The National Coalition Against Censorship is an alliance of 50 national non-profit organizations united in defense of free expression. We were disturbed to learn that a photo collage by George Jacobi and two sculptures by Eda Easton have been removed from the Mansfield Community Center because of individual complaints. We urge you to return the work to display as soon as possible. We also urge you to make sure the art selection and response to complaints policies the City adopts show respect for the First Amendment rights of artists, as well as for the audience’s right to have access to a wide range of artistic viewpoints.

It is our understanding that both Jacobi’s and Easton’s work was selected by the Arts Advisory Committee, put on display and subsequently removed based on complaints regarding its political and sexual content. Jacobi’s piece, which included images of the American flag, was reportedly taken down in response to a complaint by an Air Force veteran who was offended by what he perceived as an anti-war statement.  According to the Hartford Courant your decision to remove the photo collage was spurred by the “potential for offending veterans we should have the utmost respect for in the community” and, in part, by the “risk of losing memberships over the matter.”   The Courant also reported that the Easton sculptures were removed from view because of an angry mother’s complaint as to their sexual suggestiveness.

This incident raises serious questions regarding freedom of artistic expression, a fundamental liberty guaranteed under the First Amendment to the U.S. Constitution. The constitution undeniably protects the right of an artist to exhibit work that somebody might find disturbing, annoying, or offensive. As the U.S. Supreme Court has affirmed, "If there is a bedrock principle of the First Amendment, it is that the government may not prohibit the expression of an idea simply because society finds the idea itself offensive or disagreeable." (Texas v. Johnson, 491 U.S. 397, 414, 1989)

As the exhibition is placed in a public building, serious constitutional issues are also raised as to what extent unarticulated, content and viewpoint-based decisions, based on a heckler’s veto rather than on artistic merit, may be used to justify the exclusion of works. The United States Court of Appeals for the Ninth Circuit, considering a policy that excluded "controversial" artwork from a public exhibition space, recently stated: "the potential for abuse of such unbounded discretion is heightened by the inherently subjective nature of the standard itself. A ban on ‘controversial art’ may all too easily lend itself to viewpoint discrimination." Hopper v. City of Pasco, 241 F .3d 1067 (9th Cir. 2001).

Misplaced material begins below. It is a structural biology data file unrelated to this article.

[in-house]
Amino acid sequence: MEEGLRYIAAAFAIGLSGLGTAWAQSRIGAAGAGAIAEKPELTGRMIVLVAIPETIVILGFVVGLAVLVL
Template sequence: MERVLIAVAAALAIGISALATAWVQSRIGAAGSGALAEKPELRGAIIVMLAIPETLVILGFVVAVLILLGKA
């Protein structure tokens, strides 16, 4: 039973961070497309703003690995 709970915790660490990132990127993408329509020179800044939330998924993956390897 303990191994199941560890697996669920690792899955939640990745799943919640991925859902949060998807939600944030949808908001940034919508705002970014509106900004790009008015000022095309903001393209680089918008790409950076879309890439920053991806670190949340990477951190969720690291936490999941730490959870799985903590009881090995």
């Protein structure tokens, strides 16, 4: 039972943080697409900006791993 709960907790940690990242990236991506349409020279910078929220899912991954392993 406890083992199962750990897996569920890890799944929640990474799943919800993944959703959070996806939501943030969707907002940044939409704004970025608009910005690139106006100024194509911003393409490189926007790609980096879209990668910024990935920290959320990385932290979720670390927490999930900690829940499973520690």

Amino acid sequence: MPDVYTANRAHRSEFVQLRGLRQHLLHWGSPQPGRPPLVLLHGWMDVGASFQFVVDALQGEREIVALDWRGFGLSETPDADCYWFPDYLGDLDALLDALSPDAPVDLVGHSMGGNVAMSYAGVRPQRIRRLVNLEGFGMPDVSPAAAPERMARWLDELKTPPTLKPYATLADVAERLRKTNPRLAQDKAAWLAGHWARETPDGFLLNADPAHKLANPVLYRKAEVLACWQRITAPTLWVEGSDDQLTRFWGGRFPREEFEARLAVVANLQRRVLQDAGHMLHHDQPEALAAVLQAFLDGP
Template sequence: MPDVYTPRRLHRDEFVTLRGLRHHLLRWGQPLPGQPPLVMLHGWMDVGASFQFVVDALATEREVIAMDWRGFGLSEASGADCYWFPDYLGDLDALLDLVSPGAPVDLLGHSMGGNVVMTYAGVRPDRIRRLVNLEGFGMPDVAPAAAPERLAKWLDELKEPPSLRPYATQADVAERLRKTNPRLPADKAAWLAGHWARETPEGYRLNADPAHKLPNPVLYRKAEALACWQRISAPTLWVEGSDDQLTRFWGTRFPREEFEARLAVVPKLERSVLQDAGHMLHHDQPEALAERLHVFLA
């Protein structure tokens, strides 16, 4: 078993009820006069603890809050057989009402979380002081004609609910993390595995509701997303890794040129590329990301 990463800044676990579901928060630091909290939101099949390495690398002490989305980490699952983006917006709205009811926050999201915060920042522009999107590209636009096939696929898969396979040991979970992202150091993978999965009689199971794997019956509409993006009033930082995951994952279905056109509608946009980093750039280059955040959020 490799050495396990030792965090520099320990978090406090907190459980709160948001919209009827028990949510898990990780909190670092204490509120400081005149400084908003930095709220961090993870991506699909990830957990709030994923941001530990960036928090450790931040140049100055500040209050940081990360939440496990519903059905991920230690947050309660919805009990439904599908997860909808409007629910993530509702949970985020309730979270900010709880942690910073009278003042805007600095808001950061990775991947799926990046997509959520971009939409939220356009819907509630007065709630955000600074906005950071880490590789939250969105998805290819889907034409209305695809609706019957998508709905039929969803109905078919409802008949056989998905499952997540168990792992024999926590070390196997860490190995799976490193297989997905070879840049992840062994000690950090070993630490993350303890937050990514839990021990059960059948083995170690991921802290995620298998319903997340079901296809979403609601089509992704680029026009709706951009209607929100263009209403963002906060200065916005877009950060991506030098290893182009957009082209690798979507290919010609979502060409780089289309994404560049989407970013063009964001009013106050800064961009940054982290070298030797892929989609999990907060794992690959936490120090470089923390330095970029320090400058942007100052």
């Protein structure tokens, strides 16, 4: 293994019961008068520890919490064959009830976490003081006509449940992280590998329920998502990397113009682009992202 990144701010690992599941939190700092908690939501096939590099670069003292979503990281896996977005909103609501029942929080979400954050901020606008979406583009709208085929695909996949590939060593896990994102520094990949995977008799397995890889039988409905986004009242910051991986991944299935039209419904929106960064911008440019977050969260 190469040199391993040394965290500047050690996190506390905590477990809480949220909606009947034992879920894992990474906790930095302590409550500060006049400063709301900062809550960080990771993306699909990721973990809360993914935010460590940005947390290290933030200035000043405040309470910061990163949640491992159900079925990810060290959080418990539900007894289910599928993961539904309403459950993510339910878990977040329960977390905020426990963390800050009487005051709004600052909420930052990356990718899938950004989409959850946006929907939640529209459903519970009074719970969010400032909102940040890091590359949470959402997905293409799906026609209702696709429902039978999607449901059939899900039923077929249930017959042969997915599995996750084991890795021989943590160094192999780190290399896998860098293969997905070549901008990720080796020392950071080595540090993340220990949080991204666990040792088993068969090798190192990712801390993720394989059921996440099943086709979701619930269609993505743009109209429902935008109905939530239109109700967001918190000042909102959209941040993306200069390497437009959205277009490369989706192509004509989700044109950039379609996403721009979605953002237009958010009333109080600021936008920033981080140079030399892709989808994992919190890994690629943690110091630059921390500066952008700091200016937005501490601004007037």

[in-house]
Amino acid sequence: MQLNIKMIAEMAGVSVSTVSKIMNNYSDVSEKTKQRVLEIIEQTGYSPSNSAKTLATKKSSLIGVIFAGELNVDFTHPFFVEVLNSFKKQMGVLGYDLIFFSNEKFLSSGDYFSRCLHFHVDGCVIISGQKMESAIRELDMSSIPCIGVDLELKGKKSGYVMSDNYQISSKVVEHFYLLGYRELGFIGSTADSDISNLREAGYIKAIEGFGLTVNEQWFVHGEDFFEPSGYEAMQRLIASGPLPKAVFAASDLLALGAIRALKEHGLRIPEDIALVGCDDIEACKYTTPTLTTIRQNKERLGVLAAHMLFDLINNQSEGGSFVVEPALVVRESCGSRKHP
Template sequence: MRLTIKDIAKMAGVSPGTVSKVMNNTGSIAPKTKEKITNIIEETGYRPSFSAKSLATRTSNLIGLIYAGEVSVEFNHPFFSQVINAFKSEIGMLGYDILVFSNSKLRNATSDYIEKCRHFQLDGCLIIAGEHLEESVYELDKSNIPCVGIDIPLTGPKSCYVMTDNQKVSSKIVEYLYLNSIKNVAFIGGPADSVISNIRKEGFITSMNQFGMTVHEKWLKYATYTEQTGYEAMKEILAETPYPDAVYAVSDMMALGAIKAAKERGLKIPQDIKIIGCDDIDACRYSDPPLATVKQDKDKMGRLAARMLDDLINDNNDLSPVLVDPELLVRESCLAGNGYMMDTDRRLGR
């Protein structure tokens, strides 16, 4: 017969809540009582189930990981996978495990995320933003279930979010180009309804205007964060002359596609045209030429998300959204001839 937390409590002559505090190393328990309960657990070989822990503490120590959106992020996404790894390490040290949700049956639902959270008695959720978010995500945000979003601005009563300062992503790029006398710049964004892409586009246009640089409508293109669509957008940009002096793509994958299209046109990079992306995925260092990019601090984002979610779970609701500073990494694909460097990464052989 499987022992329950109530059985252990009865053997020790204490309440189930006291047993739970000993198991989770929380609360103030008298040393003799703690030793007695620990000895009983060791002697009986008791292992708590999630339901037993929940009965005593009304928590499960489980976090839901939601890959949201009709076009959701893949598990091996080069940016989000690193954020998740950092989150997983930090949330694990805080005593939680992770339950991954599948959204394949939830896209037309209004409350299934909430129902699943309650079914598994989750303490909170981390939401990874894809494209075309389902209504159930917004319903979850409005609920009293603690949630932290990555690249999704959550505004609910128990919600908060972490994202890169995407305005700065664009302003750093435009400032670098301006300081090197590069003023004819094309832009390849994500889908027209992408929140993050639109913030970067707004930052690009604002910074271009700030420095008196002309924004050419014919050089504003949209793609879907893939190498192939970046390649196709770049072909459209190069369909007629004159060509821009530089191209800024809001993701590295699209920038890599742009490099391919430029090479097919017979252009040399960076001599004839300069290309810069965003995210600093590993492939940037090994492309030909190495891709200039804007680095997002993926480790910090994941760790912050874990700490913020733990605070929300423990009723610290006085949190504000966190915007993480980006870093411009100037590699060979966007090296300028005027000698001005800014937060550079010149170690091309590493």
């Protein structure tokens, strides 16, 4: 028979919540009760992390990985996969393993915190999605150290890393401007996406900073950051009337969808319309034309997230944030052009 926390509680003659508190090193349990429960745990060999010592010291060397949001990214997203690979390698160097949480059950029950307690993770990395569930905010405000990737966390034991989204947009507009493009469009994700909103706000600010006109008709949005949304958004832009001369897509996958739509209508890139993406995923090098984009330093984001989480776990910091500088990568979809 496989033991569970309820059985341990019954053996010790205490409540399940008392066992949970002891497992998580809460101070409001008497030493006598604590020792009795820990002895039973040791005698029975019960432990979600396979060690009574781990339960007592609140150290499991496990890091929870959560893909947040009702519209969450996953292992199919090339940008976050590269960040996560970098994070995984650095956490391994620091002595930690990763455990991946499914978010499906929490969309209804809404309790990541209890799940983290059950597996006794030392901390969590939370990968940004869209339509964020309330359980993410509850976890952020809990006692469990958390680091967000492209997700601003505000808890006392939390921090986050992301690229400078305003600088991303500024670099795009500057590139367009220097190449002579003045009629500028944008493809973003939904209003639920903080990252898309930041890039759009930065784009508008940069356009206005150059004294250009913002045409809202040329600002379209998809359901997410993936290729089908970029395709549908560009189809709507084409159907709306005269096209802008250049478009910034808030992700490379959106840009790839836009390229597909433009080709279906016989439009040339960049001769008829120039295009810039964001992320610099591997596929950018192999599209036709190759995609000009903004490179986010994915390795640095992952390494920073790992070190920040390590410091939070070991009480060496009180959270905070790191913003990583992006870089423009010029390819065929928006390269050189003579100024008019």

In a similar situation in the fall of 2002, when several photographs were removed from an exhibit at the City of Hartford Office of Cultural Affairs, the decision was promptly reversed. Employees working in the building complained that the photographs were offensive. In response, Hartford’s Director of Human Services, who found the photographs “un-American,” ordered them removed.  The photographs were restored to the exhibit immediately after the City of Hartford was made aware that their removal was likely to be in violation of the First Amendment and that the actions of the Director of Human Services exposed it to legal liability.

The very functioning of a democratic society depends on the ability of a diverse public to voice a variety of opinions without fear of retaliation by the government. We urge you to have George Jacobi’s photo collage and the two sculptures by Eda Easton returned to the Art Show as soon as possible.

We applaud the Town Council for requesting that a policy be drafted for selecting artwork for public buildings and for responding to complaints. The guidelines that Mansfield is planning to institute should recognize the freedom of artists to express diverse views, show respect for the curatorial judgment of the arts advisory committee, and affirm the rights of people in the community to see a wide range of artwork.

Showing art in administrative spaces is not only a way to show support for local artists, it is a way to enrich the whole community: the arts contribute to a positive cultural image of a community; they play an important educational role, sustain jobs, and stimulate the local economy. However, people in this country hold a variety of religious and moral beliefs. Individuals frequently disagree with ideas, whether they are spoken by public figures, expressed in art, the media, or elsewhere. That is their right. Government officials, however, should not embrace the beliefs of one group to the disadvantage of others. This concept is enshrined in the First Amendment of the Constitution, which bars government from discriminating against expression – including artistic expression – because a group or an individual finds it offensive, sacrilegious, morally improper or otherwise offensive.

Art that is relevant to the present we live in frequently becomes controversial. This is a good thing. Art gives us as a society the possibility to be open about differences; it provides a safe space to explore conflicts. The NCAC has extensive experience in creating policies and procedures that would guarantee the viewpoint-neutral selection of artwork and establish a process for responding to potential complaints.   We would be happy to send you some model guidelines and help the arts advisory committee in formulating the policies ordered by the town council.

We look forward to your response.